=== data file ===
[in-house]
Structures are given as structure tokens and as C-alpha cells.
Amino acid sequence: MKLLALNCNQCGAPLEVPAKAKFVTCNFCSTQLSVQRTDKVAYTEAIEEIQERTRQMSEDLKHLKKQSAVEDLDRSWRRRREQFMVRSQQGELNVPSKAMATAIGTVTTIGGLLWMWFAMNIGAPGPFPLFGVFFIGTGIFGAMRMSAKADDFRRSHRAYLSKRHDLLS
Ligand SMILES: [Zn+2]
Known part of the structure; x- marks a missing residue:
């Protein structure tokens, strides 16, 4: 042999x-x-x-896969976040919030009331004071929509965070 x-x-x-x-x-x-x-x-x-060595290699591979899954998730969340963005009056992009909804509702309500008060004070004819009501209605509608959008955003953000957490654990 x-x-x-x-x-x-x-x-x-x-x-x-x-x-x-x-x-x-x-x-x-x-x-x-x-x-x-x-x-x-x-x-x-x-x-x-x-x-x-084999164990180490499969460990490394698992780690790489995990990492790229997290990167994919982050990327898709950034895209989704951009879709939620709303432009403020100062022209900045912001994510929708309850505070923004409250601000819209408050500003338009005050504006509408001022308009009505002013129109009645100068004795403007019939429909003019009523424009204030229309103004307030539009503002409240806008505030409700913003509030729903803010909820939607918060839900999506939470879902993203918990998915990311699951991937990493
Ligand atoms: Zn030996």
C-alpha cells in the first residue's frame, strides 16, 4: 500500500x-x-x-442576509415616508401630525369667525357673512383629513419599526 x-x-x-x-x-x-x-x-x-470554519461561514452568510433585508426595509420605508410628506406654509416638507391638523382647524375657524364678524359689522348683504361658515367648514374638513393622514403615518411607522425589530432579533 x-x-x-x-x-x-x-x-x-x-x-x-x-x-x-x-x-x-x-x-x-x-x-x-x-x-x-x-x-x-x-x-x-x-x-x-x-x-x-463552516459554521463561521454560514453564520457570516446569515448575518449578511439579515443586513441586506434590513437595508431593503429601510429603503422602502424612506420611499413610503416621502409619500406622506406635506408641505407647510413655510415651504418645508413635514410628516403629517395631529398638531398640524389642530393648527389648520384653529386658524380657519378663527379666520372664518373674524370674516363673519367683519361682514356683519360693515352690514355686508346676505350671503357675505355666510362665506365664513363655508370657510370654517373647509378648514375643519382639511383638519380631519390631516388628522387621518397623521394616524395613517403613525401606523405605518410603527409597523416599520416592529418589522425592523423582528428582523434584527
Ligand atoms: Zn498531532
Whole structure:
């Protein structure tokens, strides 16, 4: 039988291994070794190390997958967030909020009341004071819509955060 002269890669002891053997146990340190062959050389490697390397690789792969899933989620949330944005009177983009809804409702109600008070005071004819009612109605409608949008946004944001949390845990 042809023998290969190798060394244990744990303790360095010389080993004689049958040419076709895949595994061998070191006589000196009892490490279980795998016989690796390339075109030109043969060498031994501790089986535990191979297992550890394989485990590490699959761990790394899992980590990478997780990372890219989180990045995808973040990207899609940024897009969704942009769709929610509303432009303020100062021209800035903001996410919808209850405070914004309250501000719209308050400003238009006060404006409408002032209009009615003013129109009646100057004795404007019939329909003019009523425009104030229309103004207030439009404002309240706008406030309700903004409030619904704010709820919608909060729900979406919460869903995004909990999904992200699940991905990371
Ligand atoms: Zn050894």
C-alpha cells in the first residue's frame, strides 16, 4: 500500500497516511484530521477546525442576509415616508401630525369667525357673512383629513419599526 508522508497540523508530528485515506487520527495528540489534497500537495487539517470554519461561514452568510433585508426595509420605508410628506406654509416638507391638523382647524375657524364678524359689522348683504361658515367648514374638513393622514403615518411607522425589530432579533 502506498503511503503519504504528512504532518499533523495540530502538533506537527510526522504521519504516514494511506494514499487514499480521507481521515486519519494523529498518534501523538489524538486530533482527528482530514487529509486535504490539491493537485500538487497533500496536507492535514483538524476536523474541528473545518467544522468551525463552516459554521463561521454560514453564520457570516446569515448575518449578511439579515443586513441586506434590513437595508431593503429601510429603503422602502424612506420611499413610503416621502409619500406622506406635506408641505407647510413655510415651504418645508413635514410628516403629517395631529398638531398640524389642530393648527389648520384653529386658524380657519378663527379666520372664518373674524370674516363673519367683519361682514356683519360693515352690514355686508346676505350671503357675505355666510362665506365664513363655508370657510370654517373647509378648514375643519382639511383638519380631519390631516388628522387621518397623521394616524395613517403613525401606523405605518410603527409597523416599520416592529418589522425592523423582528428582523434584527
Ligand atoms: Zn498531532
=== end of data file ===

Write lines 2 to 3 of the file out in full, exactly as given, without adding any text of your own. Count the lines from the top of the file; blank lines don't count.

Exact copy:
Structures are given as structure tokens and as C-alpha cells.
Amino acid sequence: MKLLALNCNQCGAPLEVPAKAKFVTCNFCSTQLSVQRTDKVAYTEAIEEIQERTRQMSEDLKHLKKQSAVEDLDRSWRRRREQFMVRSQQGELNVPSKAMATAIGTVTTIGGLLWMWFAMNIGAPGPFPLFGVFFIGTGIFGAMRMSAKADDFRRSHRAYLSKRHDLLS